OPINION: ShotSpotter - An advanced shot at crime prevention

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Jackson Mote is a junior French
major from Indianapolis. 
CHRISTA SCHRODEL / THE DEPAUW

Yesterday, the New York Police Department announced that they have started using a gunshot detection system in seven precincts in the Bronx and 10 in Brooklyn. A total area of 15 square miles is monitored by ShotSpotter, a gunshot detection system made of microphones installed throughout the area to detect and locate gunshots. The NYPD is then able to receive estimated gunshot location information and respond to the shots fired very quickly.

In the announcement of the initiative, Mayor Bill de Blasio and Commissioner William J. Bratton highlighted the importance of the initiative along with their opinion that ShotSpotter will help the relationship between the police and the communities that they protect. Bratton stated that “On average, 75 percent of shot fired called in by Shot Spotter are never called into 911”. The program will cost New York $1.5 million dollars annually for a two year contract in the current area of operation.

ShotSpotter is used across the nation in cities such as San Francisco, Minneapolis, Boston, Oakland and Washington. The system is even used about three and a half hours north of Greencastle in South Bend, Indiana across an area of three square miles. The South Bend Police Department says that the area covered by ShotSpotter accounts for 40 percent of the city’s gun crime and 52 percent of its homicides. The cost of the technology for a two year contract of ShotSpotter in South Bend was $250,000 dollars.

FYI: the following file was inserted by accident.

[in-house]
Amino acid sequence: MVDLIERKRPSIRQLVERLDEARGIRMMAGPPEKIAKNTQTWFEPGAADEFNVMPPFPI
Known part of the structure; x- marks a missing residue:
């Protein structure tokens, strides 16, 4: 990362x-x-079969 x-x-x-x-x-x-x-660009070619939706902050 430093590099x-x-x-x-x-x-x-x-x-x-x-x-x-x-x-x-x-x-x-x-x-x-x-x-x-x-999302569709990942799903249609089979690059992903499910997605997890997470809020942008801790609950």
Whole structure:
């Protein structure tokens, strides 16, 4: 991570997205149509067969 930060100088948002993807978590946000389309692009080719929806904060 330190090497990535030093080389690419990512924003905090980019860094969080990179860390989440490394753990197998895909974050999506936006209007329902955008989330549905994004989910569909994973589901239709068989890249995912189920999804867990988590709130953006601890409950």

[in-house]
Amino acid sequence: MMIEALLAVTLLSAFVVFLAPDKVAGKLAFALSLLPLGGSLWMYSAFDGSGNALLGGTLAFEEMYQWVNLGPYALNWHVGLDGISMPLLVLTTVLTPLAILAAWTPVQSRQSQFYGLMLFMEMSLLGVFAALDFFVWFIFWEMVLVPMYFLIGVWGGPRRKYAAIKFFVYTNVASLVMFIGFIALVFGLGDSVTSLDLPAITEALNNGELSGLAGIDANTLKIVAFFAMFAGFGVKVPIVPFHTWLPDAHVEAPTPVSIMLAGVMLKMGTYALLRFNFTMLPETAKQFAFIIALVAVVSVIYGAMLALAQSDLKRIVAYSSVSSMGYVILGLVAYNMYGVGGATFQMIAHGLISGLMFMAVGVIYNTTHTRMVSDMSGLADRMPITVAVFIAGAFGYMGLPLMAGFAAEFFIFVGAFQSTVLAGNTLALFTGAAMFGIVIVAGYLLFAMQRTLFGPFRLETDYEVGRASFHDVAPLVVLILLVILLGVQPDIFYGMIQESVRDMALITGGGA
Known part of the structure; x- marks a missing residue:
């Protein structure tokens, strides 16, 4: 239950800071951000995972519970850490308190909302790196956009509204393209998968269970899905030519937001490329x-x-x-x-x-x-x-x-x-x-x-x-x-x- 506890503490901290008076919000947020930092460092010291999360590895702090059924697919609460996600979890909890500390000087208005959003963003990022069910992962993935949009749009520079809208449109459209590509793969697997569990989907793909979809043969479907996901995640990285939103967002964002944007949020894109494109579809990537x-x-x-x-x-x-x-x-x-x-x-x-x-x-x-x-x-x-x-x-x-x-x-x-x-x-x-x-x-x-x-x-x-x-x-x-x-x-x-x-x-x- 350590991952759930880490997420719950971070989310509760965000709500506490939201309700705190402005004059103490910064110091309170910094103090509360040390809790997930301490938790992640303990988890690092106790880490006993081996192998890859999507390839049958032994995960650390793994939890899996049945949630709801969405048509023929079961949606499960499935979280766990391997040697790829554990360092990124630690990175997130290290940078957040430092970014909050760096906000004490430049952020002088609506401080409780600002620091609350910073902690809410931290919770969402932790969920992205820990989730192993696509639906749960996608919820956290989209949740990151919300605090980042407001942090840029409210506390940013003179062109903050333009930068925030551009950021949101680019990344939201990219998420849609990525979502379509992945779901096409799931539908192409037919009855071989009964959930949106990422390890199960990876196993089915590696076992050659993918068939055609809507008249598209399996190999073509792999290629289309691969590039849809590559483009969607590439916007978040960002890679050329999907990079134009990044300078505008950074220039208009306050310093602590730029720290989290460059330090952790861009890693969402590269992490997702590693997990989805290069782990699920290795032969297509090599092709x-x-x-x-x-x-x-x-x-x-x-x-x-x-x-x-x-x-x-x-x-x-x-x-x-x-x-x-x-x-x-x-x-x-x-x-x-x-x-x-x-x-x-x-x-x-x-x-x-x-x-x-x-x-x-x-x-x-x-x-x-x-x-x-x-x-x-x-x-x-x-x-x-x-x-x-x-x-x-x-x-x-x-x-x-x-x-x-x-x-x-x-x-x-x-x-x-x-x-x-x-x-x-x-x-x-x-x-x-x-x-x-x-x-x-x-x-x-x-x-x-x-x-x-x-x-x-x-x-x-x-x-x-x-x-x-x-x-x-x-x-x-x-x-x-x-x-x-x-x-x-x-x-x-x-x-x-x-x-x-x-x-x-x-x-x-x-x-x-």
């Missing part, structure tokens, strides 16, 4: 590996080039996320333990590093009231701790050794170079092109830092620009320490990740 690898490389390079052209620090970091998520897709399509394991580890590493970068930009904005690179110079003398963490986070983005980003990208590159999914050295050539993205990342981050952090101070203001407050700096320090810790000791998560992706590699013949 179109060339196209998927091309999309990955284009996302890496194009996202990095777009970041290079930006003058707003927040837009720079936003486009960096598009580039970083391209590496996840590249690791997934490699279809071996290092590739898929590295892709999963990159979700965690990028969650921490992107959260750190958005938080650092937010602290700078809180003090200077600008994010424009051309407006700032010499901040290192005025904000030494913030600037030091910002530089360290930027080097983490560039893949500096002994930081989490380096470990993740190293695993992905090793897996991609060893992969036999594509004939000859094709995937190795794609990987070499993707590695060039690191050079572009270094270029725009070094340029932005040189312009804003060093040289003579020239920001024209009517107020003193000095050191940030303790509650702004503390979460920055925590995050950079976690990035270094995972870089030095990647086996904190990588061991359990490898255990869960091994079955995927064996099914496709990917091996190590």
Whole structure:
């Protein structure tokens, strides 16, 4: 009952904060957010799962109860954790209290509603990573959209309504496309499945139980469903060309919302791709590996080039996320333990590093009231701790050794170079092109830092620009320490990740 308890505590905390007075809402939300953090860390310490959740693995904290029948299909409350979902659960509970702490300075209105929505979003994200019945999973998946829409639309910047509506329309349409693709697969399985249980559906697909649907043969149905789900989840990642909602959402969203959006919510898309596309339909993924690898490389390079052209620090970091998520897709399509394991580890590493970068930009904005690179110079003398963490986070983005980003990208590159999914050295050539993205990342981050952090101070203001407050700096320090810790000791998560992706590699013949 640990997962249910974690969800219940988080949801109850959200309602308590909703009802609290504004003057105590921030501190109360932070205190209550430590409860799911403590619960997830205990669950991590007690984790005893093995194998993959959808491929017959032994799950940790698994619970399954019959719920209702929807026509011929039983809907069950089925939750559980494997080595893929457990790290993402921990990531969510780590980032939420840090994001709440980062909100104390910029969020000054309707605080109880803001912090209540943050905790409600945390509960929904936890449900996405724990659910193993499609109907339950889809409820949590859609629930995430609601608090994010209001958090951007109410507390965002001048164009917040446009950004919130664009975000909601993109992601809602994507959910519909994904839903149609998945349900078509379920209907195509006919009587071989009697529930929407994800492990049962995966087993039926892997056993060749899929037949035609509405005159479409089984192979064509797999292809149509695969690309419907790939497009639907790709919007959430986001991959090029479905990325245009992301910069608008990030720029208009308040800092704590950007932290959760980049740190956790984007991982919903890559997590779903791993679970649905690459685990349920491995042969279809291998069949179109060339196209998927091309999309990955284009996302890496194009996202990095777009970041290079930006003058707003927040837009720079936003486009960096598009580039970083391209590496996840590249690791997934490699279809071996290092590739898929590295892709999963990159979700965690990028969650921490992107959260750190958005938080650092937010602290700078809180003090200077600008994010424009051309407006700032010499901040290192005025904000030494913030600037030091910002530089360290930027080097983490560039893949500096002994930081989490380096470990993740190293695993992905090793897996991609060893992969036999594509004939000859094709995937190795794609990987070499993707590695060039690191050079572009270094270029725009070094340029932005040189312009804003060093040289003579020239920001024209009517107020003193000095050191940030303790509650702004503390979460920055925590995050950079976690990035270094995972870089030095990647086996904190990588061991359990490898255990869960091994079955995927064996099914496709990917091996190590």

The implementation of this system in New York seems wise in the wake of police scandals in other cities involving the use of deadly force. However, the collection of data is a troubling aspect of this system. Even though it is meant to pick up gunshots, it could also inadvertently record other sounds in the area that are not meant to be recorded. The improvement in overall safety will be the most advantageous benefit to the communities plagued by urban gunfire.

With the pilot programs across the nation going well, I would not be surprised to see ShotSpotter installed in several more large cities in the United States as well as installation generated from local funding in communities worried about gun crime. Assuming that the system is used in accordance with the Fourth Amendment rights regarding privacy laws, the use of ShotSpotter as an ultra-quick gunshot identification system is undoubtedly appealing to law enforcement agencies in the US.

The NYPD is another organization attempting to push the limit of how technology can be used to respond to crime quickly and to deploy patrols in the most effective manner for crime prevention. If ShotSpotter continues to make communities safer and lower gun crime, the system should be more widely adopted to be used in communities that are in need of an extra set of ears on the streets.